Huët Le Mont Demi-Sec 2002
Why oh why does one of my favorite wines in the world have to be corked? Gah! And I had prepared an ahi steak with oil, salt, pepper, crushed cumin seed, and Italian salsa verde (flat parsley, oil, caper, and lemon zest) for the occasion. Instead, we waited another 20 mins to fire up the coals as we chilled down a bottle of...

Dirler-Cade Riesling Grand Cru Spiegel 2004
While I've never had a Trimbach, Dirler is my Alsace superstar, as their biodynamically-raised wines are so well proportioned, without the rock-em sock-em richness and residual sugar that so many other Alsatians bring to the table. That said, on nights two and three this shows a lot of baby fat and banana stank; in that respect it's not at all like the non-cru Bollenberg 2004, which has not one ounce of fat.

Before and after that awkward phase, though, this has an unbelievable combination of intensity, clarity, and purity. On the nose, a cornucopia of orchard and tropical fruits tumble onto acres of mountain stone; meanwhile, the farmer next door refills the kerosene tanks in his pickup truck. This is true even when the glass is empty. The body is very creamy and feels full on the tongue yet floats above it; it's warm and friendly yet delicate and poised; I'm thinking Grace Kelly or Michelle Obama. It's completely dry and very precise, with great structure, while plush fruit and filigreed minerals haunt the long finish.

My ultimate verdict: wait another five years before opening, then serve with a poached something-or-other in buerre blanc — this Spiegel was slightly overwhelmed by the fleshy tuna.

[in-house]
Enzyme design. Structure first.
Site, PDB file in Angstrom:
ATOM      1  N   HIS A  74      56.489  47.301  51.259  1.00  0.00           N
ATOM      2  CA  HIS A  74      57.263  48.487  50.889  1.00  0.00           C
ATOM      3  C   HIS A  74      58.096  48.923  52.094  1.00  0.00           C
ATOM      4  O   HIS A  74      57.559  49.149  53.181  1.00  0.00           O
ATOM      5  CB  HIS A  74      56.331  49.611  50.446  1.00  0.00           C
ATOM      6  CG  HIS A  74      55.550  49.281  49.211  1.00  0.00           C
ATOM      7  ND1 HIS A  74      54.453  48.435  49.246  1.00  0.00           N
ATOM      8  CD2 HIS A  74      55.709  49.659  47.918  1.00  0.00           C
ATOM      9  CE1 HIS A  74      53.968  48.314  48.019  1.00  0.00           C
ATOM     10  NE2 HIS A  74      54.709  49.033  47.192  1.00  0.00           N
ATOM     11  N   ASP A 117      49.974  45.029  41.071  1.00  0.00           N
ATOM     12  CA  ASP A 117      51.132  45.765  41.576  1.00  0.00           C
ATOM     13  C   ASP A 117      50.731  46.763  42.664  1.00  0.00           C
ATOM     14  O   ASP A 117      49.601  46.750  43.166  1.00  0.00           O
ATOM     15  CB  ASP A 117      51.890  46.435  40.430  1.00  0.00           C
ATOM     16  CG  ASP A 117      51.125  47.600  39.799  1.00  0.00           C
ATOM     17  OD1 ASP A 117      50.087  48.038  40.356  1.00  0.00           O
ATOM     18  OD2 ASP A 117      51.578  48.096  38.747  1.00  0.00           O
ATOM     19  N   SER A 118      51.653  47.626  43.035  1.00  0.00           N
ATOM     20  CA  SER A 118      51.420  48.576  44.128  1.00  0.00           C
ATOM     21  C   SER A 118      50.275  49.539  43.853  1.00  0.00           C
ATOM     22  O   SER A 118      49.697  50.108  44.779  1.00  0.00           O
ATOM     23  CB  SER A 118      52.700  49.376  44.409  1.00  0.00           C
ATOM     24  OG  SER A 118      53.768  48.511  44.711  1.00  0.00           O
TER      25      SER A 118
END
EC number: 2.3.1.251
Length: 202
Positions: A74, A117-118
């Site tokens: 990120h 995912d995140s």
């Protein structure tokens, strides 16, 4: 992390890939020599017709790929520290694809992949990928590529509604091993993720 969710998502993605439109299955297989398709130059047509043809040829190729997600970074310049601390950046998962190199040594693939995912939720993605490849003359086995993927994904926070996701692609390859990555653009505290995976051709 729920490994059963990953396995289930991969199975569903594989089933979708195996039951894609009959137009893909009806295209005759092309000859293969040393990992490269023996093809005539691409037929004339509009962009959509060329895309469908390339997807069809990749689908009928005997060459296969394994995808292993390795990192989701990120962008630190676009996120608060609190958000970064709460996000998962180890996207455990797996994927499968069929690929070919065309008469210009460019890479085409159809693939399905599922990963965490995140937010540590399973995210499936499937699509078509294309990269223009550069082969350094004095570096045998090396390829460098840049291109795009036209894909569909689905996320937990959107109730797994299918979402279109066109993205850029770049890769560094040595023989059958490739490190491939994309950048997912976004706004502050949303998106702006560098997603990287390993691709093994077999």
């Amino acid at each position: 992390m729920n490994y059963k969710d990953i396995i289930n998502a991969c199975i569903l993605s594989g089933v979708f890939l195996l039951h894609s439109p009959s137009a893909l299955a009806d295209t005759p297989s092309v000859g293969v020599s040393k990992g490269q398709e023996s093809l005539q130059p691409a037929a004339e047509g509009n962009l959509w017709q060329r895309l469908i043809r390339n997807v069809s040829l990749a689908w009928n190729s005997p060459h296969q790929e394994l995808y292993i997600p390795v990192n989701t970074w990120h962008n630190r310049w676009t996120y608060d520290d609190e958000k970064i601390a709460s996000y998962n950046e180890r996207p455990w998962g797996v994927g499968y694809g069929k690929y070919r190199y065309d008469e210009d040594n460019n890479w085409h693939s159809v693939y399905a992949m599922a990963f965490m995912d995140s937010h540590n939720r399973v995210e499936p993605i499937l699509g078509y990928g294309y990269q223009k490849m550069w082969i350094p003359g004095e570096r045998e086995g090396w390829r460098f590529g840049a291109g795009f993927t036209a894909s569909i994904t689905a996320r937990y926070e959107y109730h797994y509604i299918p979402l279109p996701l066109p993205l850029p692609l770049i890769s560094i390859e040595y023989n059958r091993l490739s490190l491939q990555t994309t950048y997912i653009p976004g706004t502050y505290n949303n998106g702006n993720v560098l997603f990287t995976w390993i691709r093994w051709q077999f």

Renaissance Cabernet Sauvignon Première Cuvée 1995
Whereas many producers' tête de cuvées come from extra-ripe grapes or are lavished with expensive new oak, Renaissance does none of that. Instead, they pick and raise their best lots much the same way they raise their basic wines and let the terroir speak.

This isn't quite infanticide to drink this now. It's more like cutting a man down in his 30s (chilling enough, don't you think?). But over the course of three nights, this wine, which is 24% merlot and a mere 12.4% abv, proved that it will just get better. It kicks off with intense aromas of plum pudding, beef broth, black pepper, gray sea salt, blackberries, blueberries, and spice cake. It's structured yet velvety (more velvety than the "standard" 1995 cabernet), with a preliminary attack of sweet black fruit quickly giving way to bold tannins and a more austere rendering of the fruit. A note of cherry rings on the bright, brothy finish, and its spiciness is quieter compared to several other Renaissance wines, although a white pepper note lingers with the tannins for some time.

This is elegant and balanced, and the little bit left on night three shows a slight melting of the tannins and hints of blackcurrant and dried fruit on the palate. Although this was really good with the lamb that I grilled, it would have been even better had I decanted it 24 hours before serving.